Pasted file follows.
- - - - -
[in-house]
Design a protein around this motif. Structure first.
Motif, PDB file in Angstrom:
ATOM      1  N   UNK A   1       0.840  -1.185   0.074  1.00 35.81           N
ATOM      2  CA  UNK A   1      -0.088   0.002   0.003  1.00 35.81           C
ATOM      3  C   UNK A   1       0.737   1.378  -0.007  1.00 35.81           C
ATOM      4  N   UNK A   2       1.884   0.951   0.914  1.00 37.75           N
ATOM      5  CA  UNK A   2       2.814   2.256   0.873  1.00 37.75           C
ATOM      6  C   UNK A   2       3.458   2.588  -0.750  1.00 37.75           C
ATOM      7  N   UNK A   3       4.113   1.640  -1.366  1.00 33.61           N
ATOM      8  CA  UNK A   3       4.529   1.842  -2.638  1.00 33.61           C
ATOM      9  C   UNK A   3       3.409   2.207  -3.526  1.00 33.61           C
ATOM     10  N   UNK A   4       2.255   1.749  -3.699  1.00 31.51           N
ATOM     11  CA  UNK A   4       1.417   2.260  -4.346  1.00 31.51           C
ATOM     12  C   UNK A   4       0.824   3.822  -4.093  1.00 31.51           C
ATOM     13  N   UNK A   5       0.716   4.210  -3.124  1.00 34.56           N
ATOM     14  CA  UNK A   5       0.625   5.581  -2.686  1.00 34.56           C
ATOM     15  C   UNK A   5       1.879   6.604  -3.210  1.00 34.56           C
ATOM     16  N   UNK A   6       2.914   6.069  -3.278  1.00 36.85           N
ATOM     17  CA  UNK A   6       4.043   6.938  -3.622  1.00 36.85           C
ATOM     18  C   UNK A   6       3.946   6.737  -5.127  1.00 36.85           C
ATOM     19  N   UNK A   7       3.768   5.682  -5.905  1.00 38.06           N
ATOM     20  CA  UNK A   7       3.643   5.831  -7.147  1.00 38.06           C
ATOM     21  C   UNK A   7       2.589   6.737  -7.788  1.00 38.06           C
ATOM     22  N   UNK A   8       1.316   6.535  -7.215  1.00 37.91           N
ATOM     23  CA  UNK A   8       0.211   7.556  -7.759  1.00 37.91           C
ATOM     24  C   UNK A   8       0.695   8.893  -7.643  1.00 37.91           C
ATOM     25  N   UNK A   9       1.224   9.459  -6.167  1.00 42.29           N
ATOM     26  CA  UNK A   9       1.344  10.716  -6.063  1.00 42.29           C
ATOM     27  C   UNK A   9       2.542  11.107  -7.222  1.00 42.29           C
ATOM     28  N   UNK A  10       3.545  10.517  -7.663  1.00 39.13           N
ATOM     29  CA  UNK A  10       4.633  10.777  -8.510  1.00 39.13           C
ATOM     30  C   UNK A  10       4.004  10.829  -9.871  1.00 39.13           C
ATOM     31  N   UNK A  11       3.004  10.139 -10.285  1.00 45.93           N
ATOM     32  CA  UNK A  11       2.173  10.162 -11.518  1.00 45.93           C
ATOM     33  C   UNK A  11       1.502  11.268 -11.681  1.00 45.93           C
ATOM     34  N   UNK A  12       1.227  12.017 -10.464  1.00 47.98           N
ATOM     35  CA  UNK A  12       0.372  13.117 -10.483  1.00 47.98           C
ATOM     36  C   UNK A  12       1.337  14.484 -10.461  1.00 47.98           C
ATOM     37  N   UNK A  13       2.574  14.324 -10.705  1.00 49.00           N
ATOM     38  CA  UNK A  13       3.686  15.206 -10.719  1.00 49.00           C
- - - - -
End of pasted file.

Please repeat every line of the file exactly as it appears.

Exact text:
[in-house]
Design a protein around this motif. Structure first.
Motif, PDB file in Angstrom:
ATOM      1  N   UNK A   1       0.840  -1.185   0.074  1.00 35.81           N
ATOM      2  CA  UNK A   1      -0.088   0.002   0.003  1.00 35.81           C
ATOM      3  C   UNK A   1       0.737   1.378  -0.007  1.00 35.81           C
ATOM      4  N   UNK A   2       1.884   0.951   0.914  1.00 37.75           N
ATOM      5  CA  UNK A   2       2.814   2.256   0.873  1.00 37.75           C
ATOM      6  C   UNK A   2       3.458   2.588  -0.750  1.00 37.75           C
ATOM      7  N   UNK A   3       4.113   1.640  -1.366  1.00 33.61           N
ATOM      8  CA  UNK A   3       4.529   1.842  -2.638  1.00 33.61           C
ATOM      9  C   UNK A   3       3.409   2.207  -3.526  1.00 33.61           C
ATOM     10  N   UNK A   4       2.255   1.749  -3.699  1.00 31.51           N
ATOM     11  CA  UNK A   4       1.417   2.260  -4.346  1.00 31.51           C
ATOM     12  C   UNK A   4       0.824   3.822  -4.093  1.00 31.51           C
ATOM     13  N   UNK A   5       0.716   4.210  -3.124  1.00 34.56           N
ATOM     14  CA  UNK A   5       0.625   5.581  -2.686  1.00 34.56           C
ATOM     15  C   UNK A   5       1.879   6.604  -3.210  1.00 34.56           C
ATOM     16  N   UNK A   6       2.914   6.069  -3.278  1.00 36.85           N
ATOM     17  CA  UNK A   6       4.043   6.938  -3.622  1.00 36.85           C
ATOM     18  C   UNK A   6       3.946   6.737  -5.127  1.00 36.85           C
ATOM     19  N   UNK A   7       3.768   5.682  -5.905  1.00 38.06           N
ATOM     20  CA  UNK A   7       3.643   5.831  -7.147  1.00 38.06           C
ATOM     21  C   UNK A   7       2.589   6.737  -7.788  1.00 38.06           C
ATOM     22  N   UNK A   8       1.316   6.535  -7.215  1.00 37.91           N
ATOM     23  CA  UNK A   8       0.211   7.556  -7.759  1.00 37.91           C
ATOM     24  C   UNK A   8       0.695   8.893  -7.643  1.00 37.91           C
ATOM     25  N   UNK A   9       1.224   9.459  -6.167  1.00 42.29           N
ATOM     26  CA  UNK A   9       1.344  10.716  -6.063  1.00 42.29           C
ATOM     27  C   UNK A   9       2.542  11.107  -7.222  1.00 42.29           C
ATOM     28  N   UNK A  10       3.545  10.517  -7.663  1.00 39.13           N
ATOM     29  CA  UNK A  10       4.633  10.777  -8.510  1.00 39.13           C
ATOM     30  C   UNK A  10       4.004  10.829  -9.871  1.00 39.13           C
ATOM     31  N   UNK A  11       3.004  10.139 -10.285  1.00 45.93           N
ATOM     32  CA  UNK A  11       2.173  10.162 -11.518  1.00 45.93           C
ATOM     33  C   UNK A  11       1.502  11.268 -11.681  1.00 45.93           C
ATOM     34  N   UNK A  12       1.227  12.017 -10.464  1.00 47.98           N
ATOM     35  CA  UNK A  12       0.372  13.117 -10.483  1.00 47.98           C
ATOM     36  C   UNK A  12       1.337  14.484 -10.461  1.00 47.98           C
ATOM     37  N   UNK A  13       2.574  14.324 -10.705  1.00 49.00           N
ATOM     38  CA  UNK A  13       3.686  15.206 -10.719  1.00 49.00           C